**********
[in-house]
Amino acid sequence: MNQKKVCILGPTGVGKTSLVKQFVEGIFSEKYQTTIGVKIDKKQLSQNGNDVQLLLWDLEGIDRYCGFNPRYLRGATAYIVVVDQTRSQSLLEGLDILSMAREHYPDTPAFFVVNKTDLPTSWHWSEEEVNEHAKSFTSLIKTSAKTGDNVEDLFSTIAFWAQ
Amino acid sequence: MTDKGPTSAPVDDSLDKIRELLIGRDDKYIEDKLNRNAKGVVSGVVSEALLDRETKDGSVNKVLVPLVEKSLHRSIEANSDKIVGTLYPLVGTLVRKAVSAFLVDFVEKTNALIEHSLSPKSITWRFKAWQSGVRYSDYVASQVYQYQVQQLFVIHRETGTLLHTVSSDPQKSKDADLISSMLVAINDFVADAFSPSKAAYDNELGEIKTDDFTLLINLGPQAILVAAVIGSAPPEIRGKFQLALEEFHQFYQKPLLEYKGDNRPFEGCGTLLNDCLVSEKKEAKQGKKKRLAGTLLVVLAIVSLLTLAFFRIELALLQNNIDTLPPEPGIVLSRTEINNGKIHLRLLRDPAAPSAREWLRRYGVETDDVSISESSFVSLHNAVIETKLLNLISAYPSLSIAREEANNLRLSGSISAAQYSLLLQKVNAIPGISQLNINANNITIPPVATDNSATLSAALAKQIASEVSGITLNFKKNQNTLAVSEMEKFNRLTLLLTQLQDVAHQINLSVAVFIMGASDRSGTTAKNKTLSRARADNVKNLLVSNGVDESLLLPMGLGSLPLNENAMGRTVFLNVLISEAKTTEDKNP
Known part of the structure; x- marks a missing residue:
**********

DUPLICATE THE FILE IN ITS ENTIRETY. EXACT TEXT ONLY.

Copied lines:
[in-house]
Amino acid sequence: MNQKKVCILGPTGVGKTSLVKQFVEGIFSEKYQTTIGVKIDKKQLSQNGNDVQLLLWDLEGIDRYCGFNPRYLRGATAYIVVVDQTRSQSLLEGLDILSMAREHYPDTPAFFVVNKTDLPTSWHWSEEEVNEHAKSFTSLIKTSAKTGDNVEDLFSTIAFWAQ
Amino acid sequence: MTDKGPTSAPVDDSLDKIRELLIGRDDKYIEDKLNRNAKGVVSGVVSEALLDRETKDGSVNKVLVPLVEKSLHRSIEANSDKIVGTLYPLVGTLVRKAVSAFLVDFVEKTNALIEHSLSPKSITWRFKAWQSGVRYSDYVASQVYQYQVQQLFVIHRETGTLLHTVSSDPQKSKDADLISSMLVAINDFVADAFSPSKAAYDNELGEIKTDDFTLLINLGPQAILVAAVIGSAPPEIRGKFQLALEEFHQFYQKPLLEYKGDNRPFEGCGTLLNDCLVSEKKEAKQGKKKRLAGTLLVVLAIVSLLTLAFFRIELALLQNNIDTLPPEPGIVLSRTEINNGKIHLRLLRDPAAPSAREWLRRYGVETDDVSISESSFVSLHNAVIETKLLNLISAYPSLSIAREEANNLRLSGSISAAQYSLLLQKVNAIPGISQLNINANNITIPPVATDNSATLSAALAKQIASEVSGITLNFKKNQNTLAVSEMEKFNRLTLLLTQLQDVAHQINLSVAVFIMGASDRSGTTAKNKTLSRARADNVKNLLVSNGVDESLLLPMGLGSLPLNENAMGRTVFLNVLISEAKTTEDKNP
Known part of the structure; x- marks a missing residue: